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December 2, 2010
Mr, David A. Stawick Secretary Commodity Futures Trading Commission Three Lafayette Centre 1155 21' Street, N. %'.

WashingtonD, C. 20581


RPJ 3038-AC15
Dear Mr Stawtck:

investment of Customer Funds and Funds Held in an Account for Foreign Futures and Options Transactions, 75 Fed Reg. 67642 (November 3, 2010)

Newedge USA, LLC ("Newedge USA") and MF Global Inc, ("MF Global'') are pleased to submit this comment letter on the proposed rulcmaking by the Commodity Futures Trading Commission ("CFTC" or "Cotnmission") relating to the investment of customer funds under Rules 1.25 and 30.7. As two of the leading broker-dealer/futures commission merchants ("BWFCM") in the US, Newedge USA and MF Global are fierce business competitors. ' Nevettheless, we have chosen to file this joint comment letter in light of the important issues raised by these proposed amendments.
As ol'the end of December 2009, Newedge USA held the largest pool ol'customer "segregated" and "secured'* funds of all US-based FCMs. Newedge USA's primary function is that of a broker-. i.e., to execute and clear customer transactions across multiple asset classes including securities, futures and over-the-counter ("OTC") derivatives on an agency or riskless principal basis. Newedgc USA conducts only a very limited amount of proprietary trading, and then generally only to hedge positions acquired through customer facilitation,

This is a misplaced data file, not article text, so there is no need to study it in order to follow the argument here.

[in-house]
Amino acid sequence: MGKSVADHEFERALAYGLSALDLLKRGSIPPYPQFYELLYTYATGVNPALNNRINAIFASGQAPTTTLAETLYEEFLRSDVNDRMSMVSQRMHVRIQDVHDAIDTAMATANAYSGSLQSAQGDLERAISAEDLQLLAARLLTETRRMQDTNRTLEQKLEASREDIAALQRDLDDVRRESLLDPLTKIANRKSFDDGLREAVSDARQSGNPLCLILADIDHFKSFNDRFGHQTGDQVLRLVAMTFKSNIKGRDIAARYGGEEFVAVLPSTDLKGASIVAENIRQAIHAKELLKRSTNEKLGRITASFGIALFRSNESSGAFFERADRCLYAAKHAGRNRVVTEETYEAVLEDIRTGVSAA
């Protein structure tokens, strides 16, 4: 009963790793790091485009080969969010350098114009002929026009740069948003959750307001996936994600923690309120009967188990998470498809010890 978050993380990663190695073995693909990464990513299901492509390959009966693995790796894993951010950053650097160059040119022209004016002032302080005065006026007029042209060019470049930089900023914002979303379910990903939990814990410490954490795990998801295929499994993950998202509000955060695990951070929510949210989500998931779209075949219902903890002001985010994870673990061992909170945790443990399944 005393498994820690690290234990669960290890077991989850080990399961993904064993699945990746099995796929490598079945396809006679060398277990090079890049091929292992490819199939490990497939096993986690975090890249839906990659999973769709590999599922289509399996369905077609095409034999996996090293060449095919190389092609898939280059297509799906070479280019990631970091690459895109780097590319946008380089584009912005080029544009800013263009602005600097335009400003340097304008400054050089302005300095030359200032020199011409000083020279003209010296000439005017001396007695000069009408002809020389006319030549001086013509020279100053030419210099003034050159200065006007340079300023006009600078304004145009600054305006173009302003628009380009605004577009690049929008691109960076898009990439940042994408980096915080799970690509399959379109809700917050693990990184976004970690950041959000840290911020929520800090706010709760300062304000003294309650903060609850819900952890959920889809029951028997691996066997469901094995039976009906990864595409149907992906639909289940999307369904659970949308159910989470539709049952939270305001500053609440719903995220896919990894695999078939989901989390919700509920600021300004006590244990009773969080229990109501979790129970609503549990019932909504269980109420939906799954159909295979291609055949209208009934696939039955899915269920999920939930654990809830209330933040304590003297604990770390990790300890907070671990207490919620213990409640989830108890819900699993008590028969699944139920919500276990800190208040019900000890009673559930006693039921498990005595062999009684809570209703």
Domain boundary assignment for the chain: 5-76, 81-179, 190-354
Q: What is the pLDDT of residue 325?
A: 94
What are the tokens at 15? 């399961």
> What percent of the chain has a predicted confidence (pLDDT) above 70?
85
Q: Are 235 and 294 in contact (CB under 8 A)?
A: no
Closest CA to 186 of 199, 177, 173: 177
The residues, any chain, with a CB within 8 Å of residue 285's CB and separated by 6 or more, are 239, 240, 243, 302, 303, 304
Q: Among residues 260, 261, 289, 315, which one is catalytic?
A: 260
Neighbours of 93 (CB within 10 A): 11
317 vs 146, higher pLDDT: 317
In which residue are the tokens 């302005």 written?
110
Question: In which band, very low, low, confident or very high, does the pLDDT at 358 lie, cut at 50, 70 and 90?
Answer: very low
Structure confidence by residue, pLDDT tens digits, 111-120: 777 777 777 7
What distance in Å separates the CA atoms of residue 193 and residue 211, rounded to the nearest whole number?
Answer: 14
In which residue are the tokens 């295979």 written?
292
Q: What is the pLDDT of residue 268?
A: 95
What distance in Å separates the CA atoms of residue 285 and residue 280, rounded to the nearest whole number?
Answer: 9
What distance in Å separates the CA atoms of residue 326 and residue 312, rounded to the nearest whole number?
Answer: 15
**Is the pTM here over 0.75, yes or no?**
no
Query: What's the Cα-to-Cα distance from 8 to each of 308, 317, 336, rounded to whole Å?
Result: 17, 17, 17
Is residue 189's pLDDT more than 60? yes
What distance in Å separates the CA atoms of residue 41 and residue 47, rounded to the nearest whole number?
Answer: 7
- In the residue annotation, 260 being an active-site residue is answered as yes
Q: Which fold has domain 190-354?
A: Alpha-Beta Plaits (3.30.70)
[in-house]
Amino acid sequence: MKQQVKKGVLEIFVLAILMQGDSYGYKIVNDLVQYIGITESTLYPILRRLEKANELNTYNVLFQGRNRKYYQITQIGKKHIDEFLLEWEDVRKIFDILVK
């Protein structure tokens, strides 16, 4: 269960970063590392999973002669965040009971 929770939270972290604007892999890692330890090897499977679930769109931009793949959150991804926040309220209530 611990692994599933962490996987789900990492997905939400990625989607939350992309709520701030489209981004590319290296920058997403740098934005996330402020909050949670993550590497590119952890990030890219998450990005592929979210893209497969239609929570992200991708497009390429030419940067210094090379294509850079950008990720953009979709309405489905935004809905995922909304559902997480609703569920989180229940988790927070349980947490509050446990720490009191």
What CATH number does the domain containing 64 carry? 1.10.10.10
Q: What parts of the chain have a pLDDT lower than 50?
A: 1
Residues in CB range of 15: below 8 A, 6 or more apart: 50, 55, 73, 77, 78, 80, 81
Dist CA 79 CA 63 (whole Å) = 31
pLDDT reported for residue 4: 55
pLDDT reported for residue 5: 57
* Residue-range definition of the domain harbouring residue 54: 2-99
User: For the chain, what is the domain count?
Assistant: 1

iNewcdge Group is one of the world's largest brokerage organi~~tions ol'fering its customers clearing and execution facilities across multiple asset classes including futures, securities (fixed income and equity), optionsFX and various OTC instruments ("Ncwedgc*' refers to Newedge Group, a 50/i-50";ojoint venture between CA-CIB and Societb Gendrale, headquartered in Paris, France, and all of its worldwide branches, subsidiarie and oiher units. Newedge Group maintains offices in I 7 countries, and is a member of over 80 exchanges ivorldwide).

MF Global fnc. is a leading futures commission merchant, registered ivith thc U. S. Commodity I'utures 'I'rading Commission (CFTC) and as a broker-dealer with thc U. S. Securities and Exchange Commission